The rose plucking scene in this act is a true work of genius.
This is a history play. We expect a certain degree of fidelity to the history on which it’s based. The siege of Orleans, Joan of Arc, Winchester and Gloucester’s feud, Mortimer’s long imprisonment in the tower: these all happened. Sure, Shakespeare compresses the action in the play (they didn’t happen in the two hours or so which it takes to stage the two first acts of the play) but the basics and the timeline remain more or less intact. Shakespeare also goes to great lengths to show how the wars in France are connected to and undermined by the division at home. It’s a convincing if accelerated chronicle of the events which gave England the shape it has to this day.
What makes this rose picking scene amazing, however, is that it never happened!
Before this play, the title The War of the Roses was applied to the prolonged and ongoing conflict which defined Henry VI’s reign because the two main houses involved sported roses in their family heraldry. Shakespeare’s stroke of brilliance was taking these iconic emblems and transforming them into literal markers of allegiance. That done, he can let his poetic imagination loose on all of the possibilities imagining these emblems as real roses makes available.
The play doesn’t provide us with any stage direction to this effect, but I can just imagine how striking it would have been to have these two factions take shape: Plantagenet picks a white rose and places it in one of his button holes. Somerset responds by taking a red rose and doing the same. From that point forward, there can be no undecided nobles, no neutral players. No one can remain indifferent and even the lawyers are forced to pick sides. (Vernon and the nameless lawyer, incidentally, pick white roses.) England and its aristocracy is split down the middle.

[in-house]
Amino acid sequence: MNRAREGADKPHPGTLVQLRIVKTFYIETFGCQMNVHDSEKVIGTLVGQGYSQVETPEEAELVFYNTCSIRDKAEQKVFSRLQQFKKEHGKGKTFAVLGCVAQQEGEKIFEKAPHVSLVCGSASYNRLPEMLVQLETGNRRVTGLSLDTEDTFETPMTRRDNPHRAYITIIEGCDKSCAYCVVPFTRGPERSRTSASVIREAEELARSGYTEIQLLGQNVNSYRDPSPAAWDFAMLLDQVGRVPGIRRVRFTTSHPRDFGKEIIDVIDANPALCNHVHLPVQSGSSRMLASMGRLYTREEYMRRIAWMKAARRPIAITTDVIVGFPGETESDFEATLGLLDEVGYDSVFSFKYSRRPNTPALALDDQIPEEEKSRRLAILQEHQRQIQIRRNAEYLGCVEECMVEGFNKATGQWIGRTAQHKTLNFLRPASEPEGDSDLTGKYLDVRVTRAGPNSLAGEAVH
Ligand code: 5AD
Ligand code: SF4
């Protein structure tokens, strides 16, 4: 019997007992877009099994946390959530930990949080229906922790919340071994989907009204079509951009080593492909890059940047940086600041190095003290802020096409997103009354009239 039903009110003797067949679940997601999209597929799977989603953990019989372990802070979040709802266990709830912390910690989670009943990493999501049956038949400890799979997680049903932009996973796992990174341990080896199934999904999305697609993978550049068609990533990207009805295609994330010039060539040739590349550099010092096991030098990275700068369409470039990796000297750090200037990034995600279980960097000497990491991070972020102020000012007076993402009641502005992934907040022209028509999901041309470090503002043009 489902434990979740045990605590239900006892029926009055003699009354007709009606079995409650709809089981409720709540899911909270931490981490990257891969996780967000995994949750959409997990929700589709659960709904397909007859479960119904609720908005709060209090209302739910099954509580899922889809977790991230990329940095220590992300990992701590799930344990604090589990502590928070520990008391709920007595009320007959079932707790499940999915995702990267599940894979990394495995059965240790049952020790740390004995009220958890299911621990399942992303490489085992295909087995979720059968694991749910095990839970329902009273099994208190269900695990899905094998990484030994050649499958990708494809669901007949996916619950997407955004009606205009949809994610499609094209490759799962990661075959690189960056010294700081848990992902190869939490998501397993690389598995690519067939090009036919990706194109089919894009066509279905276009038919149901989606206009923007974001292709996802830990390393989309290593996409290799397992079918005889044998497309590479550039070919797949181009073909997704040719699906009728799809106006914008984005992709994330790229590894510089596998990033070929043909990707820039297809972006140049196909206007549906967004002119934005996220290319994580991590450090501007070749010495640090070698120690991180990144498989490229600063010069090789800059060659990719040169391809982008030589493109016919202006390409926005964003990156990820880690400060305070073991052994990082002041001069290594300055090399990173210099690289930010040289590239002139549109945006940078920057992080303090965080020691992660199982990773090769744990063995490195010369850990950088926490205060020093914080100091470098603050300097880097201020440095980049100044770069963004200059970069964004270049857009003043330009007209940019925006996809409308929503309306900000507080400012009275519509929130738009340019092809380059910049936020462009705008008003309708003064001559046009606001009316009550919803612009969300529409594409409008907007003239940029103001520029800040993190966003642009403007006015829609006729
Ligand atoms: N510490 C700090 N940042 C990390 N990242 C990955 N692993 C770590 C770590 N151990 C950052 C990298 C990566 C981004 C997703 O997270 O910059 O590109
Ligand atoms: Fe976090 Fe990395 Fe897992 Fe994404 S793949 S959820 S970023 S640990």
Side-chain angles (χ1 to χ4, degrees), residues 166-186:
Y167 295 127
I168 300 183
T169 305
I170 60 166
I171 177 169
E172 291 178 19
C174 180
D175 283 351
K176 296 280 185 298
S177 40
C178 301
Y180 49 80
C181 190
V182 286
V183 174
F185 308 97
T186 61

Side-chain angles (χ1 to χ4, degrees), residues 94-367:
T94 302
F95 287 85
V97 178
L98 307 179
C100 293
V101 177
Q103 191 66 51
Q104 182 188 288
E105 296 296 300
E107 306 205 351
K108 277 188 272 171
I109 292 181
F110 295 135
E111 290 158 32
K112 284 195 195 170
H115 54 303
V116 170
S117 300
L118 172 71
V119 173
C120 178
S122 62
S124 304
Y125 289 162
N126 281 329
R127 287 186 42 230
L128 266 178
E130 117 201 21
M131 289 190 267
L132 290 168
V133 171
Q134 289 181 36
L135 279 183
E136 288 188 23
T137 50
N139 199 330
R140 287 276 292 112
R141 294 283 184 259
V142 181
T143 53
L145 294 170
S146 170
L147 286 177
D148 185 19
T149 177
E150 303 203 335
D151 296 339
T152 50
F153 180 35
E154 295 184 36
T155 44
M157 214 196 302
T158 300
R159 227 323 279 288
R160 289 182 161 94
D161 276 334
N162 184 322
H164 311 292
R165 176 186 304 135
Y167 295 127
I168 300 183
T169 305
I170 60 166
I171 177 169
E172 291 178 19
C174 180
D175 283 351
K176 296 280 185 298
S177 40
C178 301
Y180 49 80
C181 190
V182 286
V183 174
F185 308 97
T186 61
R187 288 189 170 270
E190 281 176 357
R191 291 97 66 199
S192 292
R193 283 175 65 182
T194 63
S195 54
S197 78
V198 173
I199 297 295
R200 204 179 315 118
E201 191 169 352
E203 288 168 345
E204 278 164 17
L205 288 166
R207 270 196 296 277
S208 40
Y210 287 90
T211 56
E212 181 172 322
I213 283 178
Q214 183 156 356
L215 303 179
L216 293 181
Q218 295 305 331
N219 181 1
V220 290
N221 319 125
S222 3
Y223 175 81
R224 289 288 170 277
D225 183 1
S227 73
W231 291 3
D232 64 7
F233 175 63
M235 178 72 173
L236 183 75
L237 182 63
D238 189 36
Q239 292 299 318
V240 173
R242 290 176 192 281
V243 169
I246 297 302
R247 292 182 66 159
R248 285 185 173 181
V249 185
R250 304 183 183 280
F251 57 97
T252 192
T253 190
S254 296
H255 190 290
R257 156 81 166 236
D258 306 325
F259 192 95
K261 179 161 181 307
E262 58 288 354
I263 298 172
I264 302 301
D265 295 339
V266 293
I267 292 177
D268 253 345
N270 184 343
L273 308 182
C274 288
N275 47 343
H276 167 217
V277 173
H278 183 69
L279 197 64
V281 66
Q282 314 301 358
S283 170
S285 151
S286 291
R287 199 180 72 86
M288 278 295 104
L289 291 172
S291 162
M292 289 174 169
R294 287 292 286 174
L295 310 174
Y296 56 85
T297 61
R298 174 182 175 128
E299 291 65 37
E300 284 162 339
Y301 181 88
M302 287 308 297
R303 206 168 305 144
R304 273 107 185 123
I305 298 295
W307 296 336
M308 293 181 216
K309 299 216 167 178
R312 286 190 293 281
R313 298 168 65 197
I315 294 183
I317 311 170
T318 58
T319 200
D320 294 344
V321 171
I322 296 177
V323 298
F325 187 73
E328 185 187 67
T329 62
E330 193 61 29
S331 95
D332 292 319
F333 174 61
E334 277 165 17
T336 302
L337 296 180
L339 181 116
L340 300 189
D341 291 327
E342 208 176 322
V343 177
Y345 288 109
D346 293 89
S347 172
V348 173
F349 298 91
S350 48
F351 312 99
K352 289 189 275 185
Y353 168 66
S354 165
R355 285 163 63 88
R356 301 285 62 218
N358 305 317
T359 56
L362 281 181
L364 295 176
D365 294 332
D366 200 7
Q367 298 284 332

With the simple act of picking flowers the battle lines are drawn and the players and their loyalties displayed for everyone to see.
Shakespeare not only manages to dramatize what is essentially a legal dispute, he gives the audience all of the information it needs to understand the basic nature of the rift: one side claims their decent from the line of kings which was overthrown by Henry VI’s ancestor Henry Bolingbroke, the other disavows that claims based on the fact that the ancestor through which the other claims descent was hanged as a traitor. In about 130 lines Shakespeare shows us the teams, their reasons for fighting, how we’ll recognise them, and a taste of how bad things are likely to get.
Not to mention, the scene contains some absolute gems in the exchanges between Richard Plantagenet and Somerset, many of which revolve around the figure of these literal roses: thorns, cankers, white cheeks turning red, white roses stained red with the blood of the vanquished, the purity of white as absence of colour. Here’s just a short sample:
Here in my scabbard, meditating that / Shall dye your white rose [of York] in a bloody red.
Meantime your cheeks do counterfeit our roses; / For pale they look with fear, as witnessing / The truth on our side.
No, Plantagenet, ‘Tis not for fear but anger that thy cheeks / Blush for pure shame to counterfeit our [red Lancastrian] roses, / And yet thy tongue will not confess thy error.
Now that’s good stuff, even by Shakespearean standards.
Next week: Act III where we will be reunited with our old friends Winchester and Gloucester!
You won’t want to miss it!
Our bonus sonnet – sonnet 21 – is read this week by Sonneteer Esther Viragh.